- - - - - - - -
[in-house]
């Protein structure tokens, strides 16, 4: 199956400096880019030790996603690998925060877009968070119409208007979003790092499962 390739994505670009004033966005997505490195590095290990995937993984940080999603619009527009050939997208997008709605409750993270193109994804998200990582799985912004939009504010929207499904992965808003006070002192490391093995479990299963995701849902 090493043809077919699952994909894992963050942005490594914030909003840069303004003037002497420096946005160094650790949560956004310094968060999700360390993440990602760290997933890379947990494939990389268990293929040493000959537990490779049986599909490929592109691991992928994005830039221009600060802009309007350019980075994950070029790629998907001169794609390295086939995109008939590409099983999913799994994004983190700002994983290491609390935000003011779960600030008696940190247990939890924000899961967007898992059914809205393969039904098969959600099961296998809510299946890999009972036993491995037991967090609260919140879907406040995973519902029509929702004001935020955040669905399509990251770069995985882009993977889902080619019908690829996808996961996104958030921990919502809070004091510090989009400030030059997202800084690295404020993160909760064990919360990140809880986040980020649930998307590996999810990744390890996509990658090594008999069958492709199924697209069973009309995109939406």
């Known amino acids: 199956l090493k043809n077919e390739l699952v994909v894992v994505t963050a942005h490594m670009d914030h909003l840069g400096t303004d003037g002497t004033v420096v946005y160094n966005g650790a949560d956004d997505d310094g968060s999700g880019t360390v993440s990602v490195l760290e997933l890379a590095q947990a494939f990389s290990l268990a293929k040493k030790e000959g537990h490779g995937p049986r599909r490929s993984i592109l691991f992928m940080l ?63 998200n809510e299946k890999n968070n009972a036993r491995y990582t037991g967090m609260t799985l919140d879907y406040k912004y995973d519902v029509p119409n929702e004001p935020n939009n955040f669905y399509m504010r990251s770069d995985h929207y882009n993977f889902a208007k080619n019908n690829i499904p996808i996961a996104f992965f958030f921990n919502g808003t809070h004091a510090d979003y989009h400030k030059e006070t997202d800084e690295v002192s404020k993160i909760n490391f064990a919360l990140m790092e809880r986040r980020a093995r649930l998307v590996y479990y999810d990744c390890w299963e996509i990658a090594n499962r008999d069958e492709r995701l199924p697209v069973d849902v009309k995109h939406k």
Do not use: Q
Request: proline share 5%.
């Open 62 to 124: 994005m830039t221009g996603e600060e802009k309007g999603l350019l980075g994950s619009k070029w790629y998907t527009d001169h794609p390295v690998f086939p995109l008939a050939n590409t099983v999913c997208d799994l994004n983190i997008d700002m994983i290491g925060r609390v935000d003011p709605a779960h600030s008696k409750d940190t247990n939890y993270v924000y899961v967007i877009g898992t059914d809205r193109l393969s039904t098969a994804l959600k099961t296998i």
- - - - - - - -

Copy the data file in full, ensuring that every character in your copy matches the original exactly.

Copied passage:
[in-house]
């Protein structure tokens, strides 16, 4: 199956400096880019030790996603690998925060877009968070119409208007979003790092499962 390739994505670009004033966005997505490195590095290990995937993984940080999603619009527009050939997208997008709605409750993270193109994804998200990582799985912004939009504010929207499904992965808003006070002192490391093995479990299963995701849902 090493043809077919699952994909894992963050942005490594914030909003840069303004003037002497420096946005160094650790949560956004310094968060999700360390993440990602760290997933890379947990494939990389268990293929040493000959537990490779049986599909490929592109691991992928994005830039221009600060802009309007350019980075994950070029790629998907001169794609390295086939995109008939590409099983999913799994994004983190700002994983290491609390935000003011779960600030008696940190247990939890924000899961967007898992059914809205393969039904098969959600099961296998809510299946890999009972036993491995037991967090609260919140879907406040995973519902029509929702004001935020955040669905399509990251770069995985882009993977889902080619019908690829996808996961996104958030921990919502809070004091510090989009400030030059997202800084690295404020993160909760064990919360990140809880986040980020649930998307590996999810990744390890996509990658090594008999069958492709199924697209069973009309995109939406």
């Known amino acids: 199956l090493k043809n077919e390739l699952v994909v894992v994505t963050a942005h490594m670009d914030h909003l840069g400096t303004d003037g002497t004033v420096v946005y160094n966005g650790a949560d956004d997505d310094g968060s999700g880019t360390v993440s990602v490195l760290e997933l890379a590095q947990a494939f990389s290990l268990a293929k040493k030790e000959g537990h490779g995937p049986r599909r490929s993984i592109l691991f992928m940080l ?63 998200n809510e299946k890999n968070n009972a036993r491995y990582t037991g967090m609260t799985l919140d879907y406040k912004y995973d519902v029509p119409n929702e004001p935020n939009n955040f669905y399509m504010r990251s770069d995985h929207y882009n993977f889902a208007k080619n019908n690829i499904p996808i996961a996104f992965f958030f921990n919502g808003t809070h004091a510090d979003y989009h400030k030059e006070t997202d800084e690295v002192s404020k993160i909760n490391f064990a919360l990140m790092e809880r986040r980020a093995r649930l998307v590996y479990y999810d990744c390890w299963e996509i990658a090594n499962r008999d069958e492709r995701l199924p697209v069973d849902v009309k995109h939406k």
Do not use: Q
Request: proline share 5%.
């Open 62 to 124: 994005m830039t221009g996603e600060e802009k309007g999603l350019l980075g994950s619009k070029w790629y998907t527009d001169h794609p390295v690998f086939p995109l008939a050939n590409t099983v999913c997208d799994l994004n983190i997008d700002m994983i290491g925060r609390v935000d003011p709605a779960h600030s008696k409750d940190t247990n939890y993270v924000y899961v967007i877009g898992t059914d809205r193109l393969s039904t098969a994804l959600k099961t296998i």